Some states allow marijuana to be used to treat conditions, such as glaucoma, seizures, and post traumatic stress disorder. But the recreational use of the drug is still banned under federal law, and the U.S. government has said it considers marijuana a drug of no accepted medical use and a gateway to other illegal drugs.
But the United States may be moving toward loosening its stance on marijuana. A study published last month in the journal Drug and Alcohol Dependence found that most Americans are in favor of relaxing pot restrictions for medical reasons.
Of those who participated in the survey, 75 percent supported legalizing marijuana for medical use. About 18 percent said they were “strongly in favor” of loosening the restrictions.
But it’s important to note that while the survey was very encouraging, it only represents the views of individuals, so the number could well be a drop in the bucket. It was done online, and respondents were not given proper anonymity. It could also be that many of the same respondents would agree to a medical marijuana program on a state-by-state basis — which is what the federal government is proposing in the first place, this way, those who need marijuana for medical purposes can have access to websites like i49.net/oklahoma, in order to obtain their products.
In the end, a major problem with this survey is that it was conducted by Google Consumer Surveys, which tends to give more favorable responses to marijuana legalization efforts than other organizations. In a statement, the company’s CEO, Joseph Uscinski, said that “we can assure you that Google Surveys will not allow the survey to be published on any Google websites or in any Google-controlled formats.” So that means that we are unlikely to get a true reflection of opinion on the issue by Google.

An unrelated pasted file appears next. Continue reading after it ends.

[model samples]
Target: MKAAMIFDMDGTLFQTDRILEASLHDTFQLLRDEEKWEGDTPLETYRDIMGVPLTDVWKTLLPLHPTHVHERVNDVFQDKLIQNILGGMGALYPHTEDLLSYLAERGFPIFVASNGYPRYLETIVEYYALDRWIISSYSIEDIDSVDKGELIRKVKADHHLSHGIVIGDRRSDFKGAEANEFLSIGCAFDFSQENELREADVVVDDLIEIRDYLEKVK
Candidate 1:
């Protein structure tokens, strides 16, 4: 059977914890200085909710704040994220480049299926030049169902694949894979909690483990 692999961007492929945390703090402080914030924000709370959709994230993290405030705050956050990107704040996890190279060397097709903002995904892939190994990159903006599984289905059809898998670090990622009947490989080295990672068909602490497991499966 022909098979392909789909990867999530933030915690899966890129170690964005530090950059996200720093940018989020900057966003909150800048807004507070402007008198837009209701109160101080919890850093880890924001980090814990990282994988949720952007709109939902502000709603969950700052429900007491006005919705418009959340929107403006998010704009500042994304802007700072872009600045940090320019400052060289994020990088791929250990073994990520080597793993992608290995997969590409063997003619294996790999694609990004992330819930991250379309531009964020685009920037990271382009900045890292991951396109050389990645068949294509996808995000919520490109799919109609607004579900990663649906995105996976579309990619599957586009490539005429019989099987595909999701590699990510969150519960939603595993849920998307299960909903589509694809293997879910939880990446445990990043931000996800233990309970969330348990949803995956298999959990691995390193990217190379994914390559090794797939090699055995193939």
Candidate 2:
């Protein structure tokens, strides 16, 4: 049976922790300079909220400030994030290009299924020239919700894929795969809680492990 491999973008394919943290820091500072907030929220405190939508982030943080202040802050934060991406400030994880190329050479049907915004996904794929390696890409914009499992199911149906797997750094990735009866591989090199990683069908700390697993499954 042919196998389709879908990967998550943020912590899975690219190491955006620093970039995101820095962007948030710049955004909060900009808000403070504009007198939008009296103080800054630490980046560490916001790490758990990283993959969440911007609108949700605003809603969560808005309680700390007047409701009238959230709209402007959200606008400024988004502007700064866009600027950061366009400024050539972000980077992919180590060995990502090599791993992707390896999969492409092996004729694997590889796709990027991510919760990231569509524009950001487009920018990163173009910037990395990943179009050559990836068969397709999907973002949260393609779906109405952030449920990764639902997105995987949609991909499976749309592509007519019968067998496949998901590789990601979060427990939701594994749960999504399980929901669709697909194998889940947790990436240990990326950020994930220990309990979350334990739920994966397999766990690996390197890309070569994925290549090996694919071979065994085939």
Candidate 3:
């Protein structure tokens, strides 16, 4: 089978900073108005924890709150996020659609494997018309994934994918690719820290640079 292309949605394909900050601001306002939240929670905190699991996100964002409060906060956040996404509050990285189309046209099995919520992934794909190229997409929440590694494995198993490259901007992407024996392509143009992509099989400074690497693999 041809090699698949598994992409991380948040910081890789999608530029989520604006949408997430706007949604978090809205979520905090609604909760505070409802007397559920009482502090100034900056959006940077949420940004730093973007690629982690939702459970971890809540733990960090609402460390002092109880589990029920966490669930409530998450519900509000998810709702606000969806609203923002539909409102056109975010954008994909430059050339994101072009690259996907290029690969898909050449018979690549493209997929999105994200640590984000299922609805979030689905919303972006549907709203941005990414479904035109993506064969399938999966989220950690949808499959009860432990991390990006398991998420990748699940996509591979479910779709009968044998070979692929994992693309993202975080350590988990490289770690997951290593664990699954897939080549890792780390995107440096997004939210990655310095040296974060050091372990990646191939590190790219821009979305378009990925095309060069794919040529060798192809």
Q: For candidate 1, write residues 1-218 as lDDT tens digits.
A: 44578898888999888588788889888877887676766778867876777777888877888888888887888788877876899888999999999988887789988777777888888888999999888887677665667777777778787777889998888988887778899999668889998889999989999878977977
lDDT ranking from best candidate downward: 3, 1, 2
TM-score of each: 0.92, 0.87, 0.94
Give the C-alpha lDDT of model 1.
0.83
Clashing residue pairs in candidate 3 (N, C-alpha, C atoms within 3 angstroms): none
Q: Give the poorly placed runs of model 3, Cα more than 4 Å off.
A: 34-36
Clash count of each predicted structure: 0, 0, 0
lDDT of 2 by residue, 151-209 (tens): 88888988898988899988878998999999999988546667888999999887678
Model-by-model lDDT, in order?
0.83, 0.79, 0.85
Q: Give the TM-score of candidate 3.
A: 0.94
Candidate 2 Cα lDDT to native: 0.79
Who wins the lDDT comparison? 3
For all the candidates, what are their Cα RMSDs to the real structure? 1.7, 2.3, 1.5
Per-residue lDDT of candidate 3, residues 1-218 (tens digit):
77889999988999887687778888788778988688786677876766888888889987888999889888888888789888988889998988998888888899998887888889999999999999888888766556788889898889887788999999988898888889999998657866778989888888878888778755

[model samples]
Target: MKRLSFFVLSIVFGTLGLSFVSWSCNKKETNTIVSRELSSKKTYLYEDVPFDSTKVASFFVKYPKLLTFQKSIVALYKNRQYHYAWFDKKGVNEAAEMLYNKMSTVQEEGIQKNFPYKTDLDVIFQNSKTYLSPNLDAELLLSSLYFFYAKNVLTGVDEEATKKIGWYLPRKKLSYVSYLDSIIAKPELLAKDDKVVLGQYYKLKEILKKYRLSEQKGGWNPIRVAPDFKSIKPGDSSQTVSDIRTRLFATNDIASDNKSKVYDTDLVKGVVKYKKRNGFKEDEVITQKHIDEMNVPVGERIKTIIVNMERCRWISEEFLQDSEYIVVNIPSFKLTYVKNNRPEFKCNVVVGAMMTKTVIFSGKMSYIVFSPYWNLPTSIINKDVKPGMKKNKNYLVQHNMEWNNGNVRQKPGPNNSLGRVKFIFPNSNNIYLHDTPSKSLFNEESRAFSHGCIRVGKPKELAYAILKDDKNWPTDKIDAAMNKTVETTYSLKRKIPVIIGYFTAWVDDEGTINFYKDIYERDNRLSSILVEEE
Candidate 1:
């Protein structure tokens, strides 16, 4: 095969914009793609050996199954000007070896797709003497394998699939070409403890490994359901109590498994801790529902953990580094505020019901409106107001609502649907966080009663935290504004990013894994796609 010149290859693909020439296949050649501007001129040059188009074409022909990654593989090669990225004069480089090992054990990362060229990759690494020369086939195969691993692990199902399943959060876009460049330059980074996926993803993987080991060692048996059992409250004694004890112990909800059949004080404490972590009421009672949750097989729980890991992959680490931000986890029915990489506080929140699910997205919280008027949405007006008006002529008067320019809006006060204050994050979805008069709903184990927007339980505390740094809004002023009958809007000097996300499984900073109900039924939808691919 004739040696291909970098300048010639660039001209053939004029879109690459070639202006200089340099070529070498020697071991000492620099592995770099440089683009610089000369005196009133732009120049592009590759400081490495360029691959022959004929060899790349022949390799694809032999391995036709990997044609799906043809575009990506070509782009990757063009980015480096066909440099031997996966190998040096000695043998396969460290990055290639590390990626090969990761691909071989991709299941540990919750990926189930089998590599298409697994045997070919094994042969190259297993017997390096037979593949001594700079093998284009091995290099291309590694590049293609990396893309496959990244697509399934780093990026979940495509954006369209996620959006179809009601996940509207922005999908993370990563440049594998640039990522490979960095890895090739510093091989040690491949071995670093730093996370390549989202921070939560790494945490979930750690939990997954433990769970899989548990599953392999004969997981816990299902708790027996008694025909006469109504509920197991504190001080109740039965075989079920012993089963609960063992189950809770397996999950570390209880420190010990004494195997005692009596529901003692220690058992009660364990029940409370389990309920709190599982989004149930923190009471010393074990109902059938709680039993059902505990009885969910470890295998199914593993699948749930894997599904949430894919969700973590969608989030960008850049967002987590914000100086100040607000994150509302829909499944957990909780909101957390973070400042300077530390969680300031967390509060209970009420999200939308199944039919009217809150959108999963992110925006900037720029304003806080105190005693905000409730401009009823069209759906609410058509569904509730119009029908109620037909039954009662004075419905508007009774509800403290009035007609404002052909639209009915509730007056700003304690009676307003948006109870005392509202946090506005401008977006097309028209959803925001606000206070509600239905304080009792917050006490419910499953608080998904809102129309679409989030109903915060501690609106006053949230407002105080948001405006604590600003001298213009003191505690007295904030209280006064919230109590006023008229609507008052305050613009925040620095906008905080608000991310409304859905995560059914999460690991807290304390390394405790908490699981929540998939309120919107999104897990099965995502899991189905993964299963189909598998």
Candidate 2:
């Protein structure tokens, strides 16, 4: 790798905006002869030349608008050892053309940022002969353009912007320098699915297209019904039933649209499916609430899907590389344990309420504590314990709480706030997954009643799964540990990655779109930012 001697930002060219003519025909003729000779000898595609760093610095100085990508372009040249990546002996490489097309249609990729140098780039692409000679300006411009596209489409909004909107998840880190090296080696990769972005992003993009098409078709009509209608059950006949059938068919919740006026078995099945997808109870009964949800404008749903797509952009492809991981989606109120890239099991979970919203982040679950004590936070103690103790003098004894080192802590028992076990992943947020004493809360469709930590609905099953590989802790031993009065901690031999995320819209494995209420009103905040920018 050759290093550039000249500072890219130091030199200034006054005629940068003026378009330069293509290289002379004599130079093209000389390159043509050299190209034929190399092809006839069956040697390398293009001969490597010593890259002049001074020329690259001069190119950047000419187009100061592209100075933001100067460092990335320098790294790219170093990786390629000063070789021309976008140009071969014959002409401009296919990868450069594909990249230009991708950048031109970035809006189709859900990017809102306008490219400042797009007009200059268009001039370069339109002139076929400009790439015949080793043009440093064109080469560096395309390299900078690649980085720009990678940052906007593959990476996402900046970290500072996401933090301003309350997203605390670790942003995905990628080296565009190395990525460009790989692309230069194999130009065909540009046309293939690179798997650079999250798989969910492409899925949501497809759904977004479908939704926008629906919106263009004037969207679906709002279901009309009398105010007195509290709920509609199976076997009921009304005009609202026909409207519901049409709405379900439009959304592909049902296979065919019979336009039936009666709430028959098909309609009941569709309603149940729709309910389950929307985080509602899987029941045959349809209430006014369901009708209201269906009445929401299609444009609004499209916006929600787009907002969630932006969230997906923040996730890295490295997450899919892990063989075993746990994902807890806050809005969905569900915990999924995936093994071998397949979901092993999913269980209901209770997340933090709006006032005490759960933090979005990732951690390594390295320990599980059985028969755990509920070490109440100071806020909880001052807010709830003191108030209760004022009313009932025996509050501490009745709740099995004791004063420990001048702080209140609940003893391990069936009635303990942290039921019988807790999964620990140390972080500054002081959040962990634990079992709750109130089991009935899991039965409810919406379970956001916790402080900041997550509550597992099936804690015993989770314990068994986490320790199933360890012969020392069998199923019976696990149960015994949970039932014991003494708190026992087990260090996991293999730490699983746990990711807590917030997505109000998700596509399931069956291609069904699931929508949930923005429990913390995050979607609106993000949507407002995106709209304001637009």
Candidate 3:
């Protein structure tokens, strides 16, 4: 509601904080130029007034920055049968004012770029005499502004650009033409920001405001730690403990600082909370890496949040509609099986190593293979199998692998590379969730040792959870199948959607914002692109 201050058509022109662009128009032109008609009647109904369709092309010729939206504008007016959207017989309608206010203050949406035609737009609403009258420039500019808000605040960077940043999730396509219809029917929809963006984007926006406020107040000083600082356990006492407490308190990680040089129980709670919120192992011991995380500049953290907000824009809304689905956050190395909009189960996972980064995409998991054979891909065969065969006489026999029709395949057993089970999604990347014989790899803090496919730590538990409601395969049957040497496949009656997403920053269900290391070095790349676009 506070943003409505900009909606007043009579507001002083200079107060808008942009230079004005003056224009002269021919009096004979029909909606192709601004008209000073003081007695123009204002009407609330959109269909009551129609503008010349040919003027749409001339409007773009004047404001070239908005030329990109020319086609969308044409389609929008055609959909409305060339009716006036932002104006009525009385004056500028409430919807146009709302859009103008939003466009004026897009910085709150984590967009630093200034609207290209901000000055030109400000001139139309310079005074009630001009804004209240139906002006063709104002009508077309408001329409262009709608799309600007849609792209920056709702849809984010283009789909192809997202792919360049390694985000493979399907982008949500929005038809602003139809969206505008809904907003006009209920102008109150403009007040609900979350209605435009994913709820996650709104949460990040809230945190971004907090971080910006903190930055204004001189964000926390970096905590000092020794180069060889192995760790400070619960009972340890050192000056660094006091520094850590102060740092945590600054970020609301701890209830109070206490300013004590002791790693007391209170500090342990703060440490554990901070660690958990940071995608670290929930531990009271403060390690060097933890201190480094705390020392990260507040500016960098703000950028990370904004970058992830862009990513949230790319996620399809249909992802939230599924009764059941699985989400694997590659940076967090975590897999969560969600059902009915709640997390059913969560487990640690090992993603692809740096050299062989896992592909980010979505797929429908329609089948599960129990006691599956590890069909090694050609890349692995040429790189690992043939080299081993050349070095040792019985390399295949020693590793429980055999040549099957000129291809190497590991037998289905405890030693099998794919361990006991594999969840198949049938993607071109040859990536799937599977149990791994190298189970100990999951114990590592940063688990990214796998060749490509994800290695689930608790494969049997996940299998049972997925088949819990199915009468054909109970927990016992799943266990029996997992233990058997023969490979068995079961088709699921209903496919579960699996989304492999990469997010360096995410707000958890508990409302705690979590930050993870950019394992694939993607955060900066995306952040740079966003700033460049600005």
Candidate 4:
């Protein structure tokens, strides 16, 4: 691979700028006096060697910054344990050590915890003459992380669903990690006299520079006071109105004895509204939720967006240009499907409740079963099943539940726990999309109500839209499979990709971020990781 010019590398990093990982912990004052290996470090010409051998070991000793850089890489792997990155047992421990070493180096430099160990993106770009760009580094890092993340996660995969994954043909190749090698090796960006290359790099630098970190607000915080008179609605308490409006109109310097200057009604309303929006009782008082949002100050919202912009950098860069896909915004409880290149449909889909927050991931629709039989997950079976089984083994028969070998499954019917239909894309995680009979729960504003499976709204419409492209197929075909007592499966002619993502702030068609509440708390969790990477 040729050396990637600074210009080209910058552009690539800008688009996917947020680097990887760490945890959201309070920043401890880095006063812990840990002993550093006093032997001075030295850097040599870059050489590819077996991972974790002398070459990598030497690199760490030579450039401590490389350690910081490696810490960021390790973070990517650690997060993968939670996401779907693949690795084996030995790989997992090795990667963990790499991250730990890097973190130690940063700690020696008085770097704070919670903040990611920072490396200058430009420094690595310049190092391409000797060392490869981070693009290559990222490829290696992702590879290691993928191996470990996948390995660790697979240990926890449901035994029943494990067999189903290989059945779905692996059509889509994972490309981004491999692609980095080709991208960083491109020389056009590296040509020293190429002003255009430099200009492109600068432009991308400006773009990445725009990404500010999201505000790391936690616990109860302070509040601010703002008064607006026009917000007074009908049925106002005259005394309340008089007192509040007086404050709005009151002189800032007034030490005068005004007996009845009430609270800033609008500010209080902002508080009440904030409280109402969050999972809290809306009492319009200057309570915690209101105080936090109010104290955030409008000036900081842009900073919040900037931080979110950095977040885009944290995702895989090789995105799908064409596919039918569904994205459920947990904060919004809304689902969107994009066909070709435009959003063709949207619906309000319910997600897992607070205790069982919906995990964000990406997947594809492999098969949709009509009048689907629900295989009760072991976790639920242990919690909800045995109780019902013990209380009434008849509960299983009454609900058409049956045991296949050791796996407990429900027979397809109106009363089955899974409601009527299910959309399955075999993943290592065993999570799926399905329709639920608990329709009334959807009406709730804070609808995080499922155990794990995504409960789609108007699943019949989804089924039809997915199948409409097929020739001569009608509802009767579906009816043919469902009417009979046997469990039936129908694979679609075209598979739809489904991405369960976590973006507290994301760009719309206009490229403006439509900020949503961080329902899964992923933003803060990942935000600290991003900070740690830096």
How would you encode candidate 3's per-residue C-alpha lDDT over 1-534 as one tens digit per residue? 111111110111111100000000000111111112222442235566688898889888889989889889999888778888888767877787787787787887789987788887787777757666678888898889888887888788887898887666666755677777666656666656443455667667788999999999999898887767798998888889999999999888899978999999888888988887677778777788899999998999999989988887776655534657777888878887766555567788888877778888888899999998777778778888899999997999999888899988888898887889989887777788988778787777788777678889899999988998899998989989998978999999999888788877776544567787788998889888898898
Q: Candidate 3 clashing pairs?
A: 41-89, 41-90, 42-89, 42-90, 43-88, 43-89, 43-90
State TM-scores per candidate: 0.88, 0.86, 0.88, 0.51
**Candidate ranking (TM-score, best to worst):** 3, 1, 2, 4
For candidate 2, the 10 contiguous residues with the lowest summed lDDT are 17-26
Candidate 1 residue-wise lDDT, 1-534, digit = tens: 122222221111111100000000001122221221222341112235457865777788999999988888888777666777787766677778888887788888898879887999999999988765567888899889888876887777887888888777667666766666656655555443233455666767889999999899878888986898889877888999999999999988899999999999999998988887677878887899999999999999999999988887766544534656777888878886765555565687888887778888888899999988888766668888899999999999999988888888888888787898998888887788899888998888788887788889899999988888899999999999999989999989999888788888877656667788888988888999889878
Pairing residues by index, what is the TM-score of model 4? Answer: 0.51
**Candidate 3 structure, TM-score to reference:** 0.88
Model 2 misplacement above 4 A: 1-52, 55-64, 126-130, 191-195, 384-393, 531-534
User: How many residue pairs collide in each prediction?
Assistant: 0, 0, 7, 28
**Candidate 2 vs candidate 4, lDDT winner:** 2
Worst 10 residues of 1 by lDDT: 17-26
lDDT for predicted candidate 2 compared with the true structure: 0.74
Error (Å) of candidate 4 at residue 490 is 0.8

But it is interesting to note that if Google really is serious about being more responsible in its research, it could publish a survey of public opinion in five states and more than 90 different countries around the world.
So why isn’t Google doing this? Well, one reason is that Google, as a company, doesn’t want to be seen as a marijuana legalization advocate, but at the same time the cannabis industry is growing in minutes ! There are many medical dispensaries where people get their prescription as anxiety remedies, pain and many more.
Another reason, which I think is probably more significant, is that Google does not really believe in doing science. This has been a very consistent refrain from Google executives for some time.
Google was one of the first corporate giants to speak out against legalization. This is not a coincidence. Google’s position has remained steady since 2004, when it issued its first statement: “Marijuana use should be controlled and taxed similarly to alcohol and tobacco.” Google executives have argued that legalization would increase crime, since people would become more desperate for money and more violent. This concern has been an interesting debate in Washington state, where legislators are in the process of drafting a cannabis legalization law that would create a system of state-licensed growers, distributors, and retailers. Google has been silent about the issue on the issue, since the company believes it would be bad for its business interests to get involved. It’s not hard to imagine the financial consequences if cannabis legalization was enacted. This past summer, the company signed a lease for a new facility in Los Angeles. This is a project that it should be very excited about, especially since it involves a new market for its core product: Adore Me.